Eric Frederick is the managing editor of the Web site of The News & Observer. Before taking that job, he had worked for more than 20 years on the print side at the Raleigh paper, including stints as sports editor and front-page editor. In this interview, conducted by e-mail, Frederick discusses his job, how online content is edited and the site’s redesign.
Q. Describe your job. What does the managing editor at newsobserver.com do on a typical day?
A. A little of everything. We have a very small staff and a pretty complex site that is, of course, always live. (I tell people that if our Web site were the White House, I’d work all day in the Oval Office, but I’d wake up at 3 a.m. to grab a broom and go sweep off the North Portico or run the security booth.) There really is no typical day.
Put simply, and ideally, I oversee the news on newsobserver.com. But some days, I’m barely acquainted with the news that’s going up, so I’m lucky to have a talented team.
At any given time, I could be working on a future project, planning online coverage of a sports season or election or other big event, listening to a scanner, assigning a reporter (or sometimes reporting a story myself), sitting in a meeting, testing a new technology, coordinating with McClatchy Interactive and other papers in our chain on a news presentation or a technical issue (which I usually try to punt), editing and posting stories, rewriting headlines or story summaries, rearranging the sports pages, changing promotion on the site, moderating reader comments, checking site traffic for daily or hourly trends, updating our social media pages on Twitter and Facebook, helping readers with problems or just listening to them, handling the online coverage of sports events, dealing with vendors, assigning repair or development tasks to programmers (every day there’s something), setting up e-mail news alerts, listening to staffers’ ideas and refining them, updating coverage budgets, selecting and sending stories to Web aggregators, or documenting and communicating changes in procedures (they are frequent).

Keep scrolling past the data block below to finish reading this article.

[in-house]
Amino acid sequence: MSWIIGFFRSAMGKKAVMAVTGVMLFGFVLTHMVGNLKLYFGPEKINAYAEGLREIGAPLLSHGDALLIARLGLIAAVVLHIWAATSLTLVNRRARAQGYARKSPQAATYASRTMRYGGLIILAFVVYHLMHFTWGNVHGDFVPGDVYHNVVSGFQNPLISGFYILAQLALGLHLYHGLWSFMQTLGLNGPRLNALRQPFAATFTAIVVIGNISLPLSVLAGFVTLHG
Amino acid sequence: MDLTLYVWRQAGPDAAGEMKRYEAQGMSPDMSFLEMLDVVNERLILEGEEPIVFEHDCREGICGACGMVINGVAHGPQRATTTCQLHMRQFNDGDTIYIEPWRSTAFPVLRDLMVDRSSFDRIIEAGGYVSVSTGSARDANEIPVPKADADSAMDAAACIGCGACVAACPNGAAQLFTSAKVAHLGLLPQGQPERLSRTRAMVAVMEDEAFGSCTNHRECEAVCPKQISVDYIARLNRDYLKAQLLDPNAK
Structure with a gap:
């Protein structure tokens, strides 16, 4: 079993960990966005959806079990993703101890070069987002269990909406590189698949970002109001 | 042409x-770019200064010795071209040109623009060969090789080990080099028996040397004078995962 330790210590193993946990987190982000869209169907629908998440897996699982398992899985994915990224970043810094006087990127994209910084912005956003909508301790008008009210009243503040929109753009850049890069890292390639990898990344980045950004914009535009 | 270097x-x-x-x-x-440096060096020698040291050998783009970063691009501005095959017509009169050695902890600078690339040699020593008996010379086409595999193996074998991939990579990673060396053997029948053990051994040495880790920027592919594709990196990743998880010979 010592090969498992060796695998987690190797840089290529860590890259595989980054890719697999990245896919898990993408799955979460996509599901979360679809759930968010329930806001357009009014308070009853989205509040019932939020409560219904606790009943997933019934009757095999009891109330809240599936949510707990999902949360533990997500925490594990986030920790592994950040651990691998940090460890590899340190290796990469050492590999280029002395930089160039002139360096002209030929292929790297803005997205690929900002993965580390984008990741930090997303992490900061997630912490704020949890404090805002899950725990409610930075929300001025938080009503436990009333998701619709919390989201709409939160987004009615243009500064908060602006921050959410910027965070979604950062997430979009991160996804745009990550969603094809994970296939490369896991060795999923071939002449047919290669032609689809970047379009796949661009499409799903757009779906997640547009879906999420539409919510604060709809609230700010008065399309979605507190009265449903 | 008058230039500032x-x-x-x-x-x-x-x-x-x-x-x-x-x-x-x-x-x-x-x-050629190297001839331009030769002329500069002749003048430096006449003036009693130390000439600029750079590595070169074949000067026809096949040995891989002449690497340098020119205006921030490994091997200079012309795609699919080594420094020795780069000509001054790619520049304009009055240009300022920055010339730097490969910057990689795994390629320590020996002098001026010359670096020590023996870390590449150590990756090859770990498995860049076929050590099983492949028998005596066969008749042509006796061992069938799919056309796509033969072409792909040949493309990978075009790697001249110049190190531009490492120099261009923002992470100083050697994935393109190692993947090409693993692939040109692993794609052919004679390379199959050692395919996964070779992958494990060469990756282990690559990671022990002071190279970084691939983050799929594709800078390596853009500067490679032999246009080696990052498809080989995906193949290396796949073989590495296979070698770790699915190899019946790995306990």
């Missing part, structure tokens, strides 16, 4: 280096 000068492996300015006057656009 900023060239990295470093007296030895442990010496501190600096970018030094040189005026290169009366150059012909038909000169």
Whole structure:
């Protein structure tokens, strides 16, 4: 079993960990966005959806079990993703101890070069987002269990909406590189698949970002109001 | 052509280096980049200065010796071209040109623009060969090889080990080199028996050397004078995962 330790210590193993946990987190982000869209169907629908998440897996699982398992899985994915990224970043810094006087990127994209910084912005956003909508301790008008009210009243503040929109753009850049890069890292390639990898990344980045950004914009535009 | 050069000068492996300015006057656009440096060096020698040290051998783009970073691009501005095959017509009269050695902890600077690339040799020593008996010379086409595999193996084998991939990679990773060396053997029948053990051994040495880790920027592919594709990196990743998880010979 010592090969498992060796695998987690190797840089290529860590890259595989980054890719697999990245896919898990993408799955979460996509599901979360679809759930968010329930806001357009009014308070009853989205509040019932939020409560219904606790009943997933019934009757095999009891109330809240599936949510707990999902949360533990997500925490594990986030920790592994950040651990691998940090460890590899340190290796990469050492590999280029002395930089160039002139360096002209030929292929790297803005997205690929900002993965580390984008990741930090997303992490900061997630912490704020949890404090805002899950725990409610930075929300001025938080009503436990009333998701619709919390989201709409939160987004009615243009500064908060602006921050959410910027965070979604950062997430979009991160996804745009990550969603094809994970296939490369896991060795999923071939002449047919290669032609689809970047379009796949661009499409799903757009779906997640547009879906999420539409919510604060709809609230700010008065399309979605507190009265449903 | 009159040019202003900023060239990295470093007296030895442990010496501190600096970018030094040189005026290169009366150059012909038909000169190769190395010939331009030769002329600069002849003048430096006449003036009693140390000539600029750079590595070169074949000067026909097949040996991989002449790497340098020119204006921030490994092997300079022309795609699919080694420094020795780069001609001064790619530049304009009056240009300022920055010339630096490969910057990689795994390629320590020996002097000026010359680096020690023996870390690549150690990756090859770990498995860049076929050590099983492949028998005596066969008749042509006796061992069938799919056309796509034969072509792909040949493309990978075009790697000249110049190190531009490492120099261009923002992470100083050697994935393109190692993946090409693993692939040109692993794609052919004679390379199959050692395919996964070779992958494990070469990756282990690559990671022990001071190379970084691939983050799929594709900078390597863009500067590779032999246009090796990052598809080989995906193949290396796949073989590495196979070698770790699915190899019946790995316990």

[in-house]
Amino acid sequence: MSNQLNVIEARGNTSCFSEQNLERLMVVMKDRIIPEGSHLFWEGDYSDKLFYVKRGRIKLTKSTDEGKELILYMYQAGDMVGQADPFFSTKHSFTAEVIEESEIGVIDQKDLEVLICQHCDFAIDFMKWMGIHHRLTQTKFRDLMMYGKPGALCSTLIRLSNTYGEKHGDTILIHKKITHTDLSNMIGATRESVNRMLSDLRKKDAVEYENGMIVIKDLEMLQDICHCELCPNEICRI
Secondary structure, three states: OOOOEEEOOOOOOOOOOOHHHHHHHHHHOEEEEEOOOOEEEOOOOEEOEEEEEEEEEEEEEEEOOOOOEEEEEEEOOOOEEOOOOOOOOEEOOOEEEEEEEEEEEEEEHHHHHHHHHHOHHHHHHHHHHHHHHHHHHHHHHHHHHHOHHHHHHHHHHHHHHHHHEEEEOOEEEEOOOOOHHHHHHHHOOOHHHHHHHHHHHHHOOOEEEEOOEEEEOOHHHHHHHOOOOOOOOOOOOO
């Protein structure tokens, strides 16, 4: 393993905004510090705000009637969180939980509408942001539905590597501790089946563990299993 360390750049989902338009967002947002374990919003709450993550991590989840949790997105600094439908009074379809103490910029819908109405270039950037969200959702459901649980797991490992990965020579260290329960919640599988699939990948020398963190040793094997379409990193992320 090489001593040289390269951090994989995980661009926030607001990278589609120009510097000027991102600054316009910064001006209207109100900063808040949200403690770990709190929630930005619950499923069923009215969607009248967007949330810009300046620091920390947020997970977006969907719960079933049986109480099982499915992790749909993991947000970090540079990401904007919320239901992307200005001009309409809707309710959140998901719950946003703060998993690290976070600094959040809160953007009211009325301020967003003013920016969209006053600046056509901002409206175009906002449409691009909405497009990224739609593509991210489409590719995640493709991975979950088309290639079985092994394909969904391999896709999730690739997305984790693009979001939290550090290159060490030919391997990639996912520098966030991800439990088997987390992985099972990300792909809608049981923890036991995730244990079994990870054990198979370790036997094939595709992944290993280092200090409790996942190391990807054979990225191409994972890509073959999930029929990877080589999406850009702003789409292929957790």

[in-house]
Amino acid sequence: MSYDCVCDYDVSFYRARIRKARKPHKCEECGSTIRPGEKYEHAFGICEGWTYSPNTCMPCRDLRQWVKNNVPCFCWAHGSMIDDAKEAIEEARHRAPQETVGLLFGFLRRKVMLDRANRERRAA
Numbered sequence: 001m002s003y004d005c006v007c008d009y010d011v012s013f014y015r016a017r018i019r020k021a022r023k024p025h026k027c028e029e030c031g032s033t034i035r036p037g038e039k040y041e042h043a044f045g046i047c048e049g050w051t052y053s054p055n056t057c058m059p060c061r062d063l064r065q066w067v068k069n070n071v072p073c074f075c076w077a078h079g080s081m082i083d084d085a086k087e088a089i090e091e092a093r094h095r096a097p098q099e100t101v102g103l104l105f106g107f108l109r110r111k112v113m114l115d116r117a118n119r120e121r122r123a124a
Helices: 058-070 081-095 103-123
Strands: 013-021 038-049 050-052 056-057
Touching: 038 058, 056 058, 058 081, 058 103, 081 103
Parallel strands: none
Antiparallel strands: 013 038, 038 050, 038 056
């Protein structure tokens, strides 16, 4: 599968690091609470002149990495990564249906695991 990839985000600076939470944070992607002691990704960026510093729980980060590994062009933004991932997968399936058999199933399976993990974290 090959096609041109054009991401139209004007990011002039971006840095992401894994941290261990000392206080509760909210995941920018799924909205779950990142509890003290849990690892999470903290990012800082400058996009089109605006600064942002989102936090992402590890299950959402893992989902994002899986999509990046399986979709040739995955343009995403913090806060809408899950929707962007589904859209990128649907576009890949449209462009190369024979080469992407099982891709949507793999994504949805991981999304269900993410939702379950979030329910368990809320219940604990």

Many days I spend the predawn hours sitting in an empty newsroom getting the site ready before people wake up. It’s never boring; I’ll say that.
Q. How does story editing and headline writing work for content on the site?
A. In the morning, most of the prominent stories on the site were edited and headlined for print by the nightside copy desk. Only one online producer is on duty, and that person spends about four hours just getting the site ready, so he doesn’t do a lot of additional editing, but there are numerous changes that do need to be made.
Print headlines often don’t work on the Web because they’re labels or because they’re only clear in the context of a print page, so they must be rewritten. The body of a story written for print often doesn’t make sense online either because it’s produced in pieces that, again, make sense in a print context but are inscrutable online. So the producer does have to do some essential editing.